GOING TO DESIGN SCHOOL WITH STROTTM…
3 Apr 2017
29 Aug 2016
29 Jul 2016
23 May 2016
Today’s leading retailers know that Millennials and their kids see retail environments as places for entertainment, with shopping on the side.
“If we went into stores only when we needed to buy something, and if once there we bought only what we needed, the economy would collapse, boom.” - Paco Underhill
Almost a month before school begins, most parents of school-aged kids around the U.S. start shopping (86% according to a recent Back-to-School Shopping study conducted by Digsite). And at no time of the year is it more apparent that bricks and mortar spaces need to actively invite, earn and inspire the kind of shopping traffic that they could once assume. Today’s parents are likely to receive their child’s list of required school supplies via email or an online community space. They can click on a link to the specific box of Crayola crayons that fulfills their teacher’s fondest dreams for classroom cleanliness and competence. And they can price compare. Instead of taking a day to drive and linger in a mass or specialty store, they can eek out one more day or hour by the pool.
But that’s not what happens. Well, not exactly. Sure, pre-shopping happens. And parents’ use both apps and websites to tackle their to-dos and peruse prices. But they also take part in what Digsite refers to as parents’ “annual ritual” of heading to spaces where they can “bond” and “prepare” for the year. Simply put, shopping is as much about the experience as it is about the product purchased or shelves where they’re sold.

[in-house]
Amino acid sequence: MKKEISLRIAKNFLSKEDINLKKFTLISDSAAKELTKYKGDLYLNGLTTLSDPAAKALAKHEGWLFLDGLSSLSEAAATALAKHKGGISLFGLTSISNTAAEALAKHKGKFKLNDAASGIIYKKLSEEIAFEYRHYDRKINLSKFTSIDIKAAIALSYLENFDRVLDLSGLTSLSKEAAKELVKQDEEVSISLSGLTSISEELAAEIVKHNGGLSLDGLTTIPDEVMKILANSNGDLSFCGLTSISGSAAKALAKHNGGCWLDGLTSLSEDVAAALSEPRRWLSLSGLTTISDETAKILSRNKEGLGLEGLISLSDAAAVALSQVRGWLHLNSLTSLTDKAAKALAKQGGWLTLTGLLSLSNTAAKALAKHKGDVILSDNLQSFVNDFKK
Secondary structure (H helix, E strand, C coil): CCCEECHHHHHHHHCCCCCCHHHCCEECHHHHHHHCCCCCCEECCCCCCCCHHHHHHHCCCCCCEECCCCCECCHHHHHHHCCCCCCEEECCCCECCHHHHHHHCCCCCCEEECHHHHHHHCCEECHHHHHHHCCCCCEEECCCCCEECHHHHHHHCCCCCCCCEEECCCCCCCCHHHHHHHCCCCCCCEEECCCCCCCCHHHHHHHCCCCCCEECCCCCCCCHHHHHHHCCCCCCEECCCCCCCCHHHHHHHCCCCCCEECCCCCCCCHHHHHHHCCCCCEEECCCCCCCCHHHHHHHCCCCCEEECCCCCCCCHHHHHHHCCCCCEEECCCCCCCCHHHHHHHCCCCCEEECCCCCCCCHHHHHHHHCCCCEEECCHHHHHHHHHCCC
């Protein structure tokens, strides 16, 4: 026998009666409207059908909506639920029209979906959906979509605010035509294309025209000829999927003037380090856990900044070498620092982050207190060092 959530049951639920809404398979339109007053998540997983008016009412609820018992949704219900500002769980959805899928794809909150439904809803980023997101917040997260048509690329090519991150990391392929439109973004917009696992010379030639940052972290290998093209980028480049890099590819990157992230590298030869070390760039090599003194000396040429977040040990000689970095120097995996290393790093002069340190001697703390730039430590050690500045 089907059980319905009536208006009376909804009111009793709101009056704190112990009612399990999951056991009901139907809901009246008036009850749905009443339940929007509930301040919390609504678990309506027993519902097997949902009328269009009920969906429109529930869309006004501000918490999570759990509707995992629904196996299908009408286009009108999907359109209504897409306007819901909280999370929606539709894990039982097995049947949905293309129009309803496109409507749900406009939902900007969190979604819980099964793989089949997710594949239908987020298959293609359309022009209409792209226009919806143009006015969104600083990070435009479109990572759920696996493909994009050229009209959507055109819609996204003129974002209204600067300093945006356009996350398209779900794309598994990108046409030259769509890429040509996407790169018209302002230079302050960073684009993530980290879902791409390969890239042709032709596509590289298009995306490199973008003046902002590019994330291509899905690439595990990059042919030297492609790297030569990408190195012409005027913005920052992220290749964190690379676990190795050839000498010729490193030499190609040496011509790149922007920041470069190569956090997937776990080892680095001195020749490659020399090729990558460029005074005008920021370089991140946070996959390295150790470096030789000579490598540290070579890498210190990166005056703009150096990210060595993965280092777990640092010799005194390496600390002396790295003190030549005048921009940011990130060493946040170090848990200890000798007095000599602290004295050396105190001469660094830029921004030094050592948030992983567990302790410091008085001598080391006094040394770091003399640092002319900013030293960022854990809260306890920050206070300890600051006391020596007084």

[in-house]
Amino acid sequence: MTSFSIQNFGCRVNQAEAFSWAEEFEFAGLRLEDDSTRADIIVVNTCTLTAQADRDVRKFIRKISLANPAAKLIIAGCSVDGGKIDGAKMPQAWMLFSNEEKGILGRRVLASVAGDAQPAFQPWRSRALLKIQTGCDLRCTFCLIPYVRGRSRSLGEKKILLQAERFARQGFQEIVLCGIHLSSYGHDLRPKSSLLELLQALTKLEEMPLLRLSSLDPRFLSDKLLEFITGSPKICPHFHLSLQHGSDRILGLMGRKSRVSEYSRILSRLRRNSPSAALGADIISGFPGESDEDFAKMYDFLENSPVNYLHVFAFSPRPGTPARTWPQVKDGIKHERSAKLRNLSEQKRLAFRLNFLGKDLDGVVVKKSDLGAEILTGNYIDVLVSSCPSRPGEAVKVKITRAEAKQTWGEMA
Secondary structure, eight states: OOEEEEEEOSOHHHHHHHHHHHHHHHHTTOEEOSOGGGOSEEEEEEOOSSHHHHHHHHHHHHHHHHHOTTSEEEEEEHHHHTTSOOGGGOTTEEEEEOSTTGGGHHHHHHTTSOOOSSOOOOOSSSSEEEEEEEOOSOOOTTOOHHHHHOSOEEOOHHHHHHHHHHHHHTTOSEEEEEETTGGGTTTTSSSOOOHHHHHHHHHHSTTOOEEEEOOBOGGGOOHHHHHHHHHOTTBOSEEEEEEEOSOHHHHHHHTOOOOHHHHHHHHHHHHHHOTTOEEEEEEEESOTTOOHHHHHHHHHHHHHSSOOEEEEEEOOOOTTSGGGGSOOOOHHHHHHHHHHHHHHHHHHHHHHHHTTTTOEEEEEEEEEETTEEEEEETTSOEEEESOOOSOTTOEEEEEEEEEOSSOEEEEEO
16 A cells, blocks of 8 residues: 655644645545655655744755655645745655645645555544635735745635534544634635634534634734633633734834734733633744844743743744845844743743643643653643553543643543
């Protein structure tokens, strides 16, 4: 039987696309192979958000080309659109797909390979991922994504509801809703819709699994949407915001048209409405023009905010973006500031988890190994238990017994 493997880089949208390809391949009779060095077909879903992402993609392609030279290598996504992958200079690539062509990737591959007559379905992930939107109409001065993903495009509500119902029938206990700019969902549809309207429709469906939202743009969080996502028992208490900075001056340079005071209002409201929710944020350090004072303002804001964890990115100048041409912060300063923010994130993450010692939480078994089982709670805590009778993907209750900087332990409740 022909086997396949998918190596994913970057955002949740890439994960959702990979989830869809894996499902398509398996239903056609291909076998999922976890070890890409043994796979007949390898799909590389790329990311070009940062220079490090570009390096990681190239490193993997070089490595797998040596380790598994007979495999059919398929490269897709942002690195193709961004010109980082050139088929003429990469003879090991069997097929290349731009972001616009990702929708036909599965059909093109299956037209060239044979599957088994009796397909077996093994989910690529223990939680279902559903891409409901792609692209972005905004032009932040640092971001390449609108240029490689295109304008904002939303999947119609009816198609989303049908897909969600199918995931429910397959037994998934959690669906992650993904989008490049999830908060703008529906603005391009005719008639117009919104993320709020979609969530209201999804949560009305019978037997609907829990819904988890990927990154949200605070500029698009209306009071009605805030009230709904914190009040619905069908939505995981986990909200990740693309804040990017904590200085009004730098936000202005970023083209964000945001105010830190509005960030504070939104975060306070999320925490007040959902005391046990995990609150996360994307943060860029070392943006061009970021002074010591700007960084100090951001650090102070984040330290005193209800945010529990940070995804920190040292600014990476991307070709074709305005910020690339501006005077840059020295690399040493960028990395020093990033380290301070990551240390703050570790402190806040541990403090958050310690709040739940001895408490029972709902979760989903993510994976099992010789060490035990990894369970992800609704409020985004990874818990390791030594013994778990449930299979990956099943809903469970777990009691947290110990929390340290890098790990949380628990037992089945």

And this desire to turn shopping with and for children into a family experience is not isolated to this one time slot per year, although it’s sometimes thought to be. Speed and convenience should never be underestimated as drivers of, or more likely, deterrents of parents’ behavior. A store that complicates any part of the process without an accompanying and understood benefit simply won’t make the grade during the back to school period. At the same time, a brand that offers a retail experience can sway parents to forego the ease of online shopping, or even the convenience of the closest mass marketer.
Barnes and Noble might seem like an obsolete brand – easily beaten by Amazon’s online store. But, like Starbucks, Barnes and Noble’s summer programming gave families with kids a reason to visit (we’ll talk about brands like these at the YMS Voxburner conference in September). In the span of a few weeks, events included a Pokemon game day, a Marvel “meet the heroes” evening, and a Harry Potter launch party. The Lowe’s Build and Grow program (which Strottman is proud to operate) turns a trip to the “hardware store” into a full family-friendly building clinic on Saturday mornings. (We’ll say more about Lowe’s at October’s Gen Z and M2Moms Conference). Michael’s and Jo-Ann Fabrics have operated kid clinics for a few years running, transforming their reputation from supply stores to crafting “clubs.” These retailers realize that their physical space provides a unique opportunity to tap into customers’ need for more than just a shopping spot, but rather a place where customers can play. And why does that matter? As Paco Underhill is oft-quoted as saying “The Apple Store is not a store. It’s an exercise in brand evangelism.” And there’s no customer who is more invested in making the shopping experience great than families shopping with kids.
We can’t think about back to school without thinking about shiny new school shoes. In Stuttgart, Germany, the Suppa Kids Sneaker Boutique makes this item even more exciting to get for school with a fun shopping experience. The store space is designed “with a playful perspective, utilizing simple wood panels with a geometric theme, punctuated by hits of color throughout.” And if the colorful, unique space doesn’t catch your eye, the interactive shelving will definitely pull in kids while mom picks out the right sneaker.
Amount the National Retail Federation estimates will be spent on back-to-school supplies in 2016. 2 in 3 parents report being likely to buy more than what’s required by a school list.